US dollar beat-up boosts AUD/USD
Australian dollar forecast: bearish
The Australian dollar is bubbling higher after a tumultuous week that saw data and commentary collide.
On the domestic front, retail sales for the month of October slid by -0.2% month-on-month instead of rising by 0.5% as expected.
Private sector credit for October showed growth of 0.6% month-on-month as expected. This contributed to an annual read of 9.5% year-on-year, which was also in line with forecasts.
Building approvals for October showed a decline of -6.0% month-on-month, a deeper decline than the prior month’s -5.8% print and well below the -2.0% anticipated by forecasters.
For the first time, the Australian Bureau of Statistics (ABS) published a monthly CPI figure. There will be two such releases between the quarterly figures. These prints will cover 62-73% of the weighted quarterly basket.
The official CPI reading for the RBA’s target band of 2-3% will remain as the quarterly number. Year-on-year CPI came in at 6.9% in October, way below forecasts of 7.6%.
All of this meant very little compared to the market reaction to the much-anticipated briefing from Federal Reserve Chair Jerome Powell on Wednesday.
Before his remarks, a chorus line of Fed speakers got the message out that the bank will be raising rates by less than the previous four lifts of 75 basis points (bps). This implied endorsement of the 50 bps rise at the December meeting that interest rate markets priced in months ago.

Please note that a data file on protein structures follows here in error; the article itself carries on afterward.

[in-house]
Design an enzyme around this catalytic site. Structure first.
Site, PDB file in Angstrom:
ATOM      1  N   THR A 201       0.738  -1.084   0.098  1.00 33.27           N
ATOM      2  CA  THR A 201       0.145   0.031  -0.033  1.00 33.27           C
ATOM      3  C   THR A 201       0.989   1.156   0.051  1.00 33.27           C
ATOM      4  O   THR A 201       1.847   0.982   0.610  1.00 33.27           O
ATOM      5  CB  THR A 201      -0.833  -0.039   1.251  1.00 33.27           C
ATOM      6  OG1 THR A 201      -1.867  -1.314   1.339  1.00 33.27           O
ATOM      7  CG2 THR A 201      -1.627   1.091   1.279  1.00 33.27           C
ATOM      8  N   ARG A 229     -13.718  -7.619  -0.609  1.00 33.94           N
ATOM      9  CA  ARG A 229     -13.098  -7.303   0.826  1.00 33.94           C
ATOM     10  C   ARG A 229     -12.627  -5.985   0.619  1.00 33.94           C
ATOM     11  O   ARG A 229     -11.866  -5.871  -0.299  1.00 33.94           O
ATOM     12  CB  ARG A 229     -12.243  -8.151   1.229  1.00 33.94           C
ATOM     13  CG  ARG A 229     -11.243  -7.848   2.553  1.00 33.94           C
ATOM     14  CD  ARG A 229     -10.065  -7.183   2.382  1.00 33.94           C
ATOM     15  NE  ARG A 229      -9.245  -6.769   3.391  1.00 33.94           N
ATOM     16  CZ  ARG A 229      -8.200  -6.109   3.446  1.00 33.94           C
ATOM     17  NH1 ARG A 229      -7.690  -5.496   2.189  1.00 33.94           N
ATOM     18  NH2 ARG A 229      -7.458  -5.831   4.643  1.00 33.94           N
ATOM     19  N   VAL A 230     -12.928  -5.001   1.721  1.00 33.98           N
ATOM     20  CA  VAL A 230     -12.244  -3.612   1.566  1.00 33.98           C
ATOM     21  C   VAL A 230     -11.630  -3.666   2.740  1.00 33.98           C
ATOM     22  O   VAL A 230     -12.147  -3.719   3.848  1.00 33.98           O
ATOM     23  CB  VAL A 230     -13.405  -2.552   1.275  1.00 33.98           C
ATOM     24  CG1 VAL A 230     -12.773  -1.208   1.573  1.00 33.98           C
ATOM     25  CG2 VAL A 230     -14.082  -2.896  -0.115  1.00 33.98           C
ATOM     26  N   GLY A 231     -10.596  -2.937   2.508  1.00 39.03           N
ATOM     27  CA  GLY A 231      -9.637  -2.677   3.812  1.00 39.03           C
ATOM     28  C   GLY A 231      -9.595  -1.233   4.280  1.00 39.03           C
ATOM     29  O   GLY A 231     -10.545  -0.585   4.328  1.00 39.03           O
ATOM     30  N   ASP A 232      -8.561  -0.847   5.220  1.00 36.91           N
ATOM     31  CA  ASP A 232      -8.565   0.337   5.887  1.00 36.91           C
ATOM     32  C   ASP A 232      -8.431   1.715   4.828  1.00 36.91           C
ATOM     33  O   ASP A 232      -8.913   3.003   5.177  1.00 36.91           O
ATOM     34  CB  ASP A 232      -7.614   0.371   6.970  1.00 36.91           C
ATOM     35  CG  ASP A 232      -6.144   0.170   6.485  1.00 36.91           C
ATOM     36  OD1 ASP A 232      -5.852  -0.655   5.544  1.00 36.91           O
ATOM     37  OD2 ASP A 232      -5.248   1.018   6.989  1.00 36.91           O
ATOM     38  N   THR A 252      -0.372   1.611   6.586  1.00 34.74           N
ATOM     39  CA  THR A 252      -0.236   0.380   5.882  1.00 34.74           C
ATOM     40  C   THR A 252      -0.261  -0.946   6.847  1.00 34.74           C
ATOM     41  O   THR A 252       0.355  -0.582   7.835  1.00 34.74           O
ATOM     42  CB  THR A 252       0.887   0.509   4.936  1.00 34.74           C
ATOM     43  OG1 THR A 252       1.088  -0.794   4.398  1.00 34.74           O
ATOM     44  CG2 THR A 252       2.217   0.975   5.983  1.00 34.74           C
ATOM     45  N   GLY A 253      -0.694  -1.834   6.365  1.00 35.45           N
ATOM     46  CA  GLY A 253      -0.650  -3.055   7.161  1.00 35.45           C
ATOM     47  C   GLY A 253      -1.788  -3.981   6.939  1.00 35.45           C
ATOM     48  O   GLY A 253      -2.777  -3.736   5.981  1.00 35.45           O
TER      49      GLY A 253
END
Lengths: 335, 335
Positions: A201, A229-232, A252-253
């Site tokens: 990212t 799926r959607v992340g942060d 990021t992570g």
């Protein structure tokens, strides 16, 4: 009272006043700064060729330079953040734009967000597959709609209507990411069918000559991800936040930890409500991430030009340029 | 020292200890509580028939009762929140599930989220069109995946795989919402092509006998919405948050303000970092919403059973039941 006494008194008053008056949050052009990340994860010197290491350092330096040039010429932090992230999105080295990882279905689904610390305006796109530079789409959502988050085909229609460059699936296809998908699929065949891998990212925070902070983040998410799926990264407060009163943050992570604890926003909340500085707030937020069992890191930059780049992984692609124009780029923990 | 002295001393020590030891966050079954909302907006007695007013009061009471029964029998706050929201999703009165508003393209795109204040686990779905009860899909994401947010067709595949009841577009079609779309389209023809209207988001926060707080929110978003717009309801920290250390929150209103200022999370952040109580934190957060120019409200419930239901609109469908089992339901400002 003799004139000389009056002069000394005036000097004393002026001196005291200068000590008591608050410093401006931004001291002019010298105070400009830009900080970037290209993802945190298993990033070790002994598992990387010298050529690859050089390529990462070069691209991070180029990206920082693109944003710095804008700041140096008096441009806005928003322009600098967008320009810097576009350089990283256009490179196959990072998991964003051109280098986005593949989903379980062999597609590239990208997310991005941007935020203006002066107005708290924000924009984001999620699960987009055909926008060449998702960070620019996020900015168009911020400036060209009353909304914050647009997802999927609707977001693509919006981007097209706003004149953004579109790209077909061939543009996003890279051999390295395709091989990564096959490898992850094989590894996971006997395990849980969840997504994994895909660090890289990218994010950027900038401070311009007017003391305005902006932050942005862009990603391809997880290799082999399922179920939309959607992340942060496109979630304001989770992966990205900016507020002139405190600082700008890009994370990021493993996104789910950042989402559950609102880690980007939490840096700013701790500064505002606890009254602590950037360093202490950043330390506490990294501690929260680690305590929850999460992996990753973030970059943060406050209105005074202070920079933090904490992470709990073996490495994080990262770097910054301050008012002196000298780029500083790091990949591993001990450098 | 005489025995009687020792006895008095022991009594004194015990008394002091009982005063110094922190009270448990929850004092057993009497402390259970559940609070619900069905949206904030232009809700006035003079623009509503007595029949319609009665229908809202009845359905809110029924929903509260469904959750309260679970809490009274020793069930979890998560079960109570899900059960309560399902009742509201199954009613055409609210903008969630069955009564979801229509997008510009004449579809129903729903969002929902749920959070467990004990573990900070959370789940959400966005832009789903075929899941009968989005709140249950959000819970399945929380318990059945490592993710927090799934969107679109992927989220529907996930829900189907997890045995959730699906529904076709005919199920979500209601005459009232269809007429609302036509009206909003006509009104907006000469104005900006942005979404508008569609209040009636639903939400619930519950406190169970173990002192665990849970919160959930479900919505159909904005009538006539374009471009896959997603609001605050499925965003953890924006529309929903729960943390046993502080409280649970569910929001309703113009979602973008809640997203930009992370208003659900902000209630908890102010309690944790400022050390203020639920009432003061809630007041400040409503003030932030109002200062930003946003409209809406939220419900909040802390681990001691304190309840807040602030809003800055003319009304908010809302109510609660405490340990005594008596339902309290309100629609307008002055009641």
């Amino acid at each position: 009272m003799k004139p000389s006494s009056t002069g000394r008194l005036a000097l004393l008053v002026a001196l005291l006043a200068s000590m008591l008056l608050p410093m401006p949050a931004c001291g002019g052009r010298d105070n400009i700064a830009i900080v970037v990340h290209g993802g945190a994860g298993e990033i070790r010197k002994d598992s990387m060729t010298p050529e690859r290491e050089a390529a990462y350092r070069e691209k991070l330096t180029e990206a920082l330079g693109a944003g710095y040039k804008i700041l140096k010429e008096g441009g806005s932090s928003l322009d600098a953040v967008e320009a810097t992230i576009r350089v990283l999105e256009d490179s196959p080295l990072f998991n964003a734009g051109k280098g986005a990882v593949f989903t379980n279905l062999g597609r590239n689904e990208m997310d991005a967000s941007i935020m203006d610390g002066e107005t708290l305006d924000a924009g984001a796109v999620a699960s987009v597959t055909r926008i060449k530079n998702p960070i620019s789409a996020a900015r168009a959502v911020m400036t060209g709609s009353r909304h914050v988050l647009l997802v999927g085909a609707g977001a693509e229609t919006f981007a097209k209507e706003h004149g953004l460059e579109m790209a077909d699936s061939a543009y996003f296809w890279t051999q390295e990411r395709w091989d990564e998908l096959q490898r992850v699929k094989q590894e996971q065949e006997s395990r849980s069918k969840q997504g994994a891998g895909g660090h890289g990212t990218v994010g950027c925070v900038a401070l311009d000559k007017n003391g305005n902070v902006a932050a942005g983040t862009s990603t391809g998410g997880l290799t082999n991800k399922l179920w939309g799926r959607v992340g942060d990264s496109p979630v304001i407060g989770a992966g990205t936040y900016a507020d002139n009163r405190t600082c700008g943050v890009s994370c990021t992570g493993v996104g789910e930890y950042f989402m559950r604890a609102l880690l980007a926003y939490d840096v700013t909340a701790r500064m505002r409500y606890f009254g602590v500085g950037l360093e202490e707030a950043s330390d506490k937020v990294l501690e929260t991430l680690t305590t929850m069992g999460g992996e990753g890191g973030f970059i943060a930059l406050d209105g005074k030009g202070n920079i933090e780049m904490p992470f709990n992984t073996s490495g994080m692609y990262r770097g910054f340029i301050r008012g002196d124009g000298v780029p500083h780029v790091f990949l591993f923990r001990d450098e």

Mr Powell spoke from the same song sheet, but the market danced to its own tune regardless of what the bass section was doing. Equities rallied, Treasury yields collapsed, and the US dollar went into a tailspin.
The crunch on the US dollar sent the Aussie dollar to a 13-week high above 68 cents. The path ahead is somewhat tricky going into the end of the year.
Crucially, the RBA will be deciding on rates this Tuesday. The market is pretty much 50/50 on a 25 bp bump up, with 13 bp priced in.
A Bloomberg survey of economists has a majority of respondents looking for a 25 bp hike. After the December verdict, the RBA will not be meeting again until early February.
Australian GDP data will be released on Wednesday and forecasters are eyeing 6.1% growth year-on-year to the end of October. That would be a stellar number except for the fact that inflation is right up there with it, making real growth negative.
Nonetheless, the Australian economy is in great shape compared to most other nations and the longer the Aussie stays in the 60s the greater the largesse locally.
It would seem that in the near term, AUD/USD is more likely to be influenced by ‘big dollar’ gyrations rather than domestic factors.
Looking ahead, a recalibration of Fed expectations might see the US dollar steady somewhat, potentially giving Australian exporters another bite at the cherry.